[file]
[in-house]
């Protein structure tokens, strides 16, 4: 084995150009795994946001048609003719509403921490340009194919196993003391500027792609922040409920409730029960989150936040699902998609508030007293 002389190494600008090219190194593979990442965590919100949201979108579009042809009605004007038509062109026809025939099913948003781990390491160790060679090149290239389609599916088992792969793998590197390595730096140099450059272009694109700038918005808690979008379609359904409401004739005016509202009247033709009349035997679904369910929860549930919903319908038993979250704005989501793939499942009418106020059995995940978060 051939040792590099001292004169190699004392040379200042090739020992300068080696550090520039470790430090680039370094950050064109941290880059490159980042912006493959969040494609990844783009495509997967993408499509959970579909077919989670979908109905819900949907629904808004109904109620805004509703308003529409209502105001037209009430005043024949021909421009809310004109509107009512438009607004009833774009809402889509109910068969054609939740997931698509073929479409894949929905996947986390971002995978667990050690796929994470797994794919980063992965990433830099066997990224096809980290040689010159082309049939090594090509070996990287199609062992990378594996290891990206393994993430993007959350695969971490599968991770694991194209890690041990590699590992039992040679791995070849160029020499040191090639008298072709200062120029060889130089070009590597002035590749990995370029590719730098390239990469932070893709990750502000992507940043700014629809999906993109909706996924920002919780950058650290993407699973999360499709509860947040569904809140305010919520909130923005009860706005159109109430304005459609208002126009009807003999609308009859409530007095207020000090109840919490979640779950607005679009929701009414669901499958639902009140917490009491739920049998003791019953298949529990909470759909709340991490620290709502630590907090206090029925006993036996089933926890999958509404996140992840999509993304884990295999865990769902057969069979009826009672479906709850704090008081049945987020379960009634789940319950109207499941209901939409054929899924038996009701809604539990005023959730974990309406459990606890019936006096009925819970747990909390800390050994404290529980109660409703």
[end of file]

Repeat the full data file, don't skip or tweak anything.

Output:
[in-house]
């Protein structure tokens, strides 16, 4: 084995150009795994946001048609003719509403921490340009194919196993003391500027792609922040409920409730029960989150936040699902998609508030007293 002389190494600008090219190194593979990442965590919100949201979108579009042809009605004007038509062109026809025939099913948003781990390491160790060679090149290239389609599916088992792969793998590197390595730096140099450059272009694109700038918005808690979008379609359904409401004739005016509202009247033709009349035997679904369910929860549930919903319908038993979250704005989501793939499942009418106020059995995940978060 051939040792590099001292004169190699004392040379200042090739020992300068080696550090520039470790430090680039370094950050064109941290880059490159980042912006493959969040494609990844783009495509997967993408499509959970579909077919989670979908109905819900949907629904808004109904109620805004509703308003529409209502105001037209009430005043024949021909421009809310004109509107009512438009607004009833774009809402889509109910068969054609939740997931698509073929479409894949929905996947986390971002995978667990050690796929994470797994794919980063992965990433830099066997990224096809980290040689010159082309049939090594090509070996990287199609062992990378594996290891990206393994993430993007959350695969971490599968991770694991194209890690041990590699590992039992040679791995070849160029020499040191090639008298072709200062120029060889130089070009590597002035590749990995370029590719730098390239990469932070893709990750502000992507940043700014629809999906993109909706996924920002919780950058650290993407699973999360499709509860947040569904809140305010919520909130923005009860706005159109109430304005459609208002126009009807003999609308009859409530007095207020000090109840919490979640779950607005679009929701009414669901499958639902009140917490009491739920049998003791019953298949529990909470759909709340991490620290709502630590907090206090029925006993036996089933926890999958509404996140992840999509993304884990295999865990769902057969069979009826009672479906709850704090008081049945987020379960009634789940319950109207499941209901939409054929899924038996009701809604539990005023959730974990309406459990606890019936006096009925819970747990909390800390050994404290529980109660409703």